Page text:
In ages, after Morgoth's defeat and expulsion from Arda, his place was taken by his lieutenant Sauron. The Valar withdrew from direct involvement in the affairs of Middle-earth after the defeat of Morgoth, but in years they sent the wizards or Istari to help in the struggle against Sauron; the most important wizards were Gandalf the Saruman the White. Gandalf proved crucial in the fight against Sauron. Saruman, became corrupted and sought to establish himself as a rival to Sauron for absolute power in Middle-earth. Other races involved in the struggle against evil were Dwarves and most famously Hobbits; the early stages of the conflict are chronicled in The Silmarillion, while the final stages of the struggle to defeat Sauron are told in The Hobbit and in The Lord of the Rings. Conflict over the possession and control of precious or magical objects is a recurring theme in the stories; the First Age is dominated by the doomed quest of the elf Fëanor and most of his Noldorin clan to recover three precious jewels called the Silmarils that Morgoth stole from them.
The Second and Third Age are dominated by the forging of the Rings of Power, the fate of the One Ring forged by Sauron, which gives its wearer the power to control or influence those wearing the other Rings of Power. In ancient Germanic mythology, the world of Men is known by several names, such as Midgard, Middenheim and Middengeard; the Old English middangeard descends from an earlier Germanic word and so has cognates in languages related to Old English such as the Old Norse word Miðgarðr from Norse mythology, transliterated to modern English as Midgard. The term "Middle-earth", it is found throughout the Modern English period as a development of the Middle English word middel-erde, which developed in turn, through a process of folk etymology, from middanġeard. By the time of the Middle English period, middangeard was being written as middellærd, midden-erde, or middel-erde, indicating that the second element had been reinterpreted, based on its similarity to the word for "earth"; the shift in meaning was not great, however: middangeard properly meant "middle enclosure" instead of "middle-earth".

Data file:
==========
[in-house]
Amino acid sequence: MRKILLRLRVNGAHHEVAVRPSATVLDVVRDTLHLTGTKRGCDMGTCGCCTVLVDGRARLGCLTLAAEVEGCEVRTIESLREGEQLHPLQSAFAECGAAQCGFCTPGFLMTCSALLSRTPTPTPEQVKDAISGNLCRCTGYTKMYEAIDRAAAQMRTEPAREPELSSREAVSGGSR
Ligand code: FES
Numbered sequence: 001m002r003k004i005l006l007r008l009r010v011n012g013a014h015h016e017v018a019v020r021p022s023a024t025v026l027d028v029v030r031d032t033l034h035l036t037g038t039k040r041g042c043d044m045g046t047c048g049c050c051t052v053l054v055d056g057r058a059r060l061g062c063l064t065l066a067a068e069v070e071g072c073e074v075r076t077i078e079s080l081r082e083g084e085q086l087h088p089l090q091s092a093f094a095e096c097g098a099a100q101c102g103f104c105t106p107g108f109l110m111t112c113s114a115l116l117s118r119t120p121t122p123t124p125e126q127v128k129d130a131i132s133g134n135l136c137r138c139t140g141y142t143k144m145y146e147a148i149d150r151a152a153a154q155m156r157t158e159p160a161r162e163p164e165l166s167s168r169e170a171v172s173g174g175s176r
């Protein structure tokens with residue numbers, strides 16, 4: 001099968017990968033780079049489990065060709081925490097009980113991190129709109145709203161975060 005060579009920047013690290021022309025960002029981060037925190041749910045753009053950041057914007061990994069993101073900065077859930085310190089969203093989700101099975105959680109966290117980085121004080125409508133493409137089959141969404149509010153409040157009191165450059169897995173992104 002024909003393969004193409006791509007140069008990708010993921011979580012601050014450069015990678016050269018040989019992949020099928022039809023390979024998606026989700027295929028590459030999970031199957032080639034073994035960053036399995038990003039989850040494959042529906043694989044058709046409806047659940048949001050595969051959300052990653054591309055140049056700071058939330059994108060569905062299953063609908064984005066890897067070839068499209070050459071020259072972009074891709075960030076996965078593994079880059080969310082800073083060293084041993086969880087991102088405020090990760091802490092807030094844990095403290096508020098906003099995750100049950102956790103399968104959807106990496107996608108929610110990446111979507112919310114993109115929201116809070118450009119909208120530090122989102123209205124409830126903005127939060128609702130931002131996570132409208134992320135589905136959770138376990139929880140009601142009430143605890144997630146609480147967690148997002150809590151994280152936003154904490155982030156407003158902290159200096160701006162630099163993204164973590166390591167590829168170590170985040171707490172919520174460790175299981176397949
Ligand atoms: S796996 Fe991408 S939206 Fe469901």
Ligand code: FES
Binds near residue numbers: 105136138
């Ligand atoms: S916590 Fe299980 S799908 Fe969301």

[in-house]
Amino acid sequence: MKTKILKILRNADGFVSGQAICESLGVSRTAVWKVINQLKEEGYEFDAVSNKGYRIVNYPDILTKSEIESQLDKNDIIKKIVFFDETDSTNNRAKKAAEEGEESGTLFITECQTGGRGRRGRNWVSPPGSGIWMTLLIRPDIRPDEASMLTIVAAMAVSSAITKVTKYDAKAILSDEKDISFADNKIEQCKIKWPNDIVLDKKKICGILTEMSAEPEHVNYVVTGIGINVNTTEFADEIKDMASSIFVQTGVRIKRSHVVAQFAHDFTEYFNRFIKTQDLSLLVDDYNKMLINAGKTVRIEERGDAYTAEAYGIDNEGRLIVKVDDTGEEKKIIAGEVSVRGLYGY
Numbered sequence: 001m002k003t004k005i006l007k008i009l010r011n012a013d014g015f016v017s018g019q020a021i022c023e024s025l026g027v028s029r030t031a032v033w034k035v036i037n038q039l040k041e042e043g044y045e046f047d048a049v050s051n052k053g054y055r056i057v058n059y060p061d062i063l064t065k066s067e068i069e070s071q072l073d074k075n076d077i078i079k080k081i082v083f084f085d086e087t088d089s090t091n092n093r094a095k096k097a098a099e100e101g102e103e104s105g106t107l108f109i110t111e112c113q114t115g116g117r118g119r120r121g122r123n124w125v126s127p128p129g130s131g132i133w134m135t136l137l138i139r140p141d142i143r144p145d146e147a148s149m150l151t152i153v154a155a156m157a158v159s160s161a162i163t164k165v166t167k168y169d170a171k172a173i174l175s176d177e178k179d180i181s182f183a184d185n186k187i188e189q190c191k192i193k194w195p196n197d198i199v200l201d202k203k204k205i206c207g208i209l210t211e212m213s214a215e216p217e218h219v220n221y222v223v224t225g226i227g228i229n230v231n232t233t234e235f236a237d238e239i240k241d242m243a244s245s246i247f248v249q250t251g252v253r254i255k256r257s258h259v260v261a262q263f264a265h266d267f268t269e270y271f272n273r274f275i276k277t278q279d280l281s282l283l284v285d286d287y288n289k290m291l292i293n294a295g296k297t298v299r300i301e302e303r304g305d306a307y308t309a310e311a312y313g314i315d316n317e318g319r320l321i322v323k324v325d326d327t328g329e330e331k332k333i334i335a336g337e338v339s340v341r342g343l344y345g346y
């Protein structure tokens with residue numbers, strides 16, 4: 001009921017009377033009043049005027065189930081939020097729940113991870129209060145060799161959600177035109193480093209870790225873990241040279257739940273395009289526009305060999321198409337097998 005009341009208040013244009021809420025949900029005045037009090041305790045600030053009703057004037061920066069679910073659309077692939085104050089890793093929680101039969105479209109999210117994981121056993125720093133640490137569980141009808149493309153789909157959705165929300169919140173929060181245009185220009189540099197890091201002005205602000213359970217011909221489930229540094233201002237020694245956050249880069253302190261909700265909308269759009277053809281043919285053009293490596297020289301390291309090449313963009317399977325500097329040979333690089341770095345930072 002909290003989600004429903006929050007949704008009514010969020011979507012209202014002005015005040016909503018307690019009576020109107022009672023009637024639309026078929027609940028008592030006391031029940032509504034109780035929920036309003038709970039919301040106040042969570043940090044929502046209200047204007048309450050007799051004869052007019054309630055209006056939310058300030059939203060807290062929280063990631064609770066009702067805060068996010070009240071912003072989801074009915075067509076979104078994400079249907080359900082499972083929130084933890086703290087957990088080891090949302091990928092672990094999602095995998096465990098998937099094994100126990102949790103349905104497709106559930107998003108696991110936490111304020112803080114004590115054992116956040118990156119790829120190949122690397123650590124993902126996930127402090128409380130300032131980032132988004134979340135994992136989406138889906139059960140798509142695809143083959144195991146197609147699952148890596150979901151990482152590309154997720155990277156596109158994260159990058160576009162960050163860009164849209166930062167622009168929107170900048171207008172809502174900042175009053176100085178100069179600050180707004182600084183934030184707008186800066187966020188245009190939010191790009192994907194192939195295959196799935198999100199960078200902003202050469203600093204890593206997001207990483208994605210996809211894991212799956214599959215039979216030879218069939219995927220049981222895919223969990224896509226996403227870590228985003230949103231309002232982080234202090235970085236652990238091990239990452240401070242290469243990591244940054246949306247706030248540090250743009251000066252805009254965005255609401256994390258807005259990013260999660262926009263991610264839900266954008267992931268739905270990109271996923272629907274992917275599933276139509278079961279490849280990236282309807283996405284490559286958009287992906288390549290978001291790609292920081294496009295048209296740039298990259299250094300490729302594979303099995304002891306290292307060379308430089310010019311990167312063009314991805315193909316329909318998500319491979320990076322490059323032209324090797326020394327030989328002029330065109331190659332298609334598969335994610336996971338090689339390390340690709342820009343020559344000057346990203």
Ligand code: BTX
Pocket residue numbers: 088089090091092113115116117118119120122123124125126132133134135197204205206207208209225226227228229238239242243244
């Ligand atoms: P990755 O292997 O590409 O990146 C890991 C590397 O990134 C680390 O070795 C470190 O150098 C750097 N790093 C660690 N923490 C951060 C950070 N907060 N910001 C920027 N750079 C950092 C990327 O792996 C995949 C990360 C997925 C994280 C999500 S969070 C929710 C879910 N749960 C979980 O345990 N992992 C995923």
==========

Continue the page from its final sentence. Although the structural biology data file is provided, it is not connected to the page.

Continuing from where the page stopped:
Tolkien first encountered the term middangeard in an Old English fragment he studied in 1914: Éala éarendel engla beorhtast / ofer middangeard monnum sended. Hail Earendel, brightest of angels / above the middle-earth sent unto men; this quote is from the second of the fragmentary remnants of the Crist poems by Cynewulf. The name Éarendel was the inspiration for Tolkien's mariner Eärendil, who set sail from the lands of Middle-earth to ask for aid from the angelic powers, the Valar. Tolkien's earliest poem about Eärendil, from 1914, the same year he read the Crist poems, refers to "the mid-world's rim"; the concept of middangeard was considered by Tolkien to be the same as a particular usage of the Greek word οἰκουμένη - oikoumenē. In this usage Tolkien says that the oikoumenē is "the abiding place of men". Tolkien wrote: Middle-earth is... not my own invention. It is a modernization or alteration... of an old word for the inhabited world of Men, the oikoumene: middle because thought of vaguely as set amidst the encircling Seas and between ice of the North and the fire of the South.
O. English middan-geard, mediaeval E. midden-erd, middle-erd. Many reviewers seem to assume. However, the term "Middle-earth" is not found in Tolkien's earliest writings about Middle-earth, dating from the early 1920s and published in The Book of Lost Tales. Nor is the term used in The Hobbit. Tolkien began to use the term "Middle-earth" in the late 1930s, in place of the earlier terms "Great Lands", "Outer Lands", "Hither Lands"
The History of The Lord of the Rings
The History of The Lord of the Rings is a four-volume work by Christopher Tolkien published between 1988 and 1992 that documents the process of J. R. R. Tolkien's writing of The Lord of the Rings; the History is numbered as volumes six to nine of The History of Middle-earth. Some information concerning the appendices and a soon-abandoned sequel to the novel can be found in volume twelve, The Peoples of Middle-earth; the volumes include: The Return of the Shadow The Treason of Isengard The War of the Ring Sauron Defeated The first volume of The History encompasses three initial stages of composition or, as Christopher Tolkien calls them, "phases", finishes with the Fellowship of the Ring entering the Mines of Moria. The second volume continues to the meeting with Théoden king of Rohan, includes discussions of the original map of Middle-earth at the end of the Third Age, of the evolution of Cirth; the third volume, The War of the Ring continues to the opening of the Black Gate. The last volume finishes the story and features the rejected Epilogue, in which Sam answers his children's questions.